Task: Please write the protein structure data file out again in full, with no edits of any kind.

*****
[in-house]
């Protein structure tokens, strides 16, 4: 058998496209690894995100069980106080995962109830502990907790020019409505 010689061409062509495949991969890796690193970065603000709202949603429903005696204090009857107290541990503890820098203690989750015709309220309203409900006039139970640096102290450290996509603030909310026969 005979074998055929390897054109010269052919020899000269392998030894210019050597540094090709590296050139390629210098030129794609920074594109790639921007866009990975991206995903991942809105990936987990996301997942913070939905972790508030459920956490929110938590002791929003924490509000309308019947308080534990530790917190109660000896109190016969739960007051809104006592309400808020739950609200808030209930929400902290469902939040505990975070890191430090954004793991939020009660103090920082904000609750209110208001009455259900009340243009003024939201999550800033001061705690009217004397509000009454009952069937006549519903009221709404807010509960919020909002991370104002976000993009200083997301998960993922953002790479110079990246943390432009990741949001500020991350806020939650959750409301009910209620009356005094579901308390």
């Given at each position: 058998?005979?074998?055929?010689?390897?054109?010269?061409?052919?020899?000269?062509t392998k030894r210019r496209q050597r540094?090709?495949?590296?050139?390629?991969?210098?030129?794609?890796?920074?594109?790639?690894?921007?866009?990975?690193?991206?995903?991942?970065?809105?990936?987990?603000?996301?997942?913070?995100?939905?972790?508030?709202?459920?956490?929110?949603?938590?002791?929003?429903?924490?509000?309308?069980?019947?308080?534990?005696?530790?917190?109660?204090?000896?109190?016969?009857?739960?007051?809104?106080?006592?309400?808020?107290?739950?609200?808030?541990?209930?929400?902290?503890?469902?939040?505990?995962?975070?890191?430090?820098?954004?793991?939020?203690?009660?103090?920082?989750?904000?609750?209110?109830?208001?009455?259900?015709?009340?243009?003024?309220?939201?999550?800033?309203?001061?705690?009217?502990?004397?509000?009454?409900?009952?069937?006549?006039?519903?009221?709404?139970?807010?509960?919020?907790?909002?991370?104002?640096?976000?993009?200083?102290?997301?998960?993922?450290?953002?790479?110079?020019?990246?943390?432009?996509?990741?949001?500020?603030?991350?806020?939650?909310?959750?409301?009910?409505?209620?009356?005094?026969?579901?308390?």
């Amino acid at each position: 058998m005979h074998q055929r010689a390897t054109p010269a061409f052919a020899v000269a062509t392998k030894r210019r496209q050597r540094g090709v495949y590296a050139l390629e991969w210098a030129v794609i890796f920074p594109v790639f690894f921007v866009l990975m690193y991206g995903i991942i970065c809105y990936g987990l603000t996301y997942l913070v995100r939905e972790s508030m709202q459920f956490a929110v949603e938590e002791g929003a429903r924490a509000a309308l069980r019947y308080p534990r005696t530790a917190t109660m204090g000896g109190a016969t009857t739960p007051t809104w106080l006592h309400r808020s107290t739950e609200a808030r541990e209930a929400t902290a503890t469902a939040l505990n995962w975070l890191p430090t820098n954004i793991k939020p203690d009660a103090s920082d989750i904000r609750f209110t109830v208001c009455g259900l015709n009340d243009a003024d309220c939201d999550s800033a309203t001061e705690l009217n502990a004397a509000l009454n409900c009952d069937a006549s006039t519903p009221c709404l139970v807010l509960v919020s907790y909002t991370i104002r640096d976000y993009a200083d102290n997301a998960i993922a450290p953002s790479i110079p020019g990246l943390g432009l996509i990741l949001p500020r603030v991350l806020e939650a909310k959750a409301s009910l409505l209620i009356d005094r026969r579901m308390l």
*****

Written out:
[in-house]
């Protein structure tokens, strides 16, 4: 058998496209690894995100069980106080995962109830502990907790020019409505 010689061409062509495949991969890796690193970065603000709202949603429903005696204090009857107290541990503890820098203690989750015709309220309203409900006039139970640096102290450290996509603030909310026969 005979074998055929390897054109010269052919020899000269392998030894210019050597540094090709590296050139390629210098030129794609920074594109790639921007866009990975991206995903991942809105990936987990996301997942913070939905972790508030459920956490929110938590002791929003924490509000309308019947308080534990530790917190109660000896109190016969739960007051809104006592309400808020739950609200808030209930929400902290469902939040505990975070890191430090954004793991939020009660103090920082904000609750209110208001009455259900009340243009003024939201999550800033001061705690009217004397509000009454009952069937006549519903009221709404807010509960919020909002991370104002976000993009200083997301998960993922953002790479110079990246943390432009990741949001500020991350806020939650959750409301009910209620009356005094579901308390």
């Given at each position: 058998?005979?074998?055929?010689?390897?054109?010269?061409?052919?020899?000269?062509t392998k030894r210019r496209q050597r540094?090709?495949?590296?050139?390629?991969?210098?030129?794609?890796?920074?594109?790639?690894?921007?866009?990975?690193?991206?995903?991942?970065?809105?990936?987990?603000?996301?997942?913070?995100?939905?972790?508030?709202?459920?956490?929110?949603?938590?002791?929003?429903?924490?509000?309308?069980?019947?308080?534990?005696?530790?917190?109660?204090?000896?109190?016969?009857?739960?007051?809104?106080?006592?309400?808020?107290?739950?609200?808030?541990?209930?929400?902290?503890?469902?939040?505990?995962?975070?890191?430090?820098?954004?793991?939020?203690?009660?103090?920082?989750?904000?609750?209110?109830?208001?009455?259900?015709?009340?243009?003024?309220?939201?999550?800033?309203?001061?705690?009217?502990?004397?509000?009454?409900?009952?069937?006549?006039?519903?009221?709404?139970?807010?509960?919020?907790?909002?991370?104002?640096?976000?993009?200083?102290?997301?998960?993922?450290?953002?790479?110079?020019?990246?943390?432009?996509?990741?949001?500020?603030?991350?806020?939650?909310?959750?409301?009910?409505?209620?009356?005094?026969?579901?308390?």
């Amino acid at each position: 058998m005979h074998q055929r010689a390897t054109p010269a061409f052919a020899v000269a062509t392998k030894r210019r496209q050597r540094g090709v495949y590296a050139l390629e991969w210098a030129v794609i890796f920074p594109v790639f690894f921007v866009l990975m690193y991206g995903i991942i970065c809105y990936g987990l603000t996301y997942l913070v995100r939905e972790s508030m709202q459920f956490a929110v949603e938590e002791g929003a429903r924490a509000a309308l069980r019947y308080p534990r005696t530790a917190t109660m204090g000896g109190a016969t009857t739960p007051t809104w106080l006592h309400r808020s107290t739950e609200a808030r541990e209930a929400t902290a503890t469902a939040l505990n995962w975070l890191p430090t820098n954004i793991k939020p203690d009660a103090s920082d989750i904000r609750f209110t109830v208001c009455g259900l015709n009340d243009a003024d309220c939201d999550s800033a309203t001061e705690l009217n502990a004397a509000l009454n409900c009952d069937a006549s006039t519903p009221c709404l139970v807010l509960v919020s907790y909002t991370i104002r640096d976000y993009a200083d102290n997301a998960i993922a450290p953002s790479i110079p020019g990246l943390g432009l996509i990741l949001p500020r603030v991350l806020e939650a909310k959750a409301s009910l409505l209620i009356d005094r026969r579901m308390l």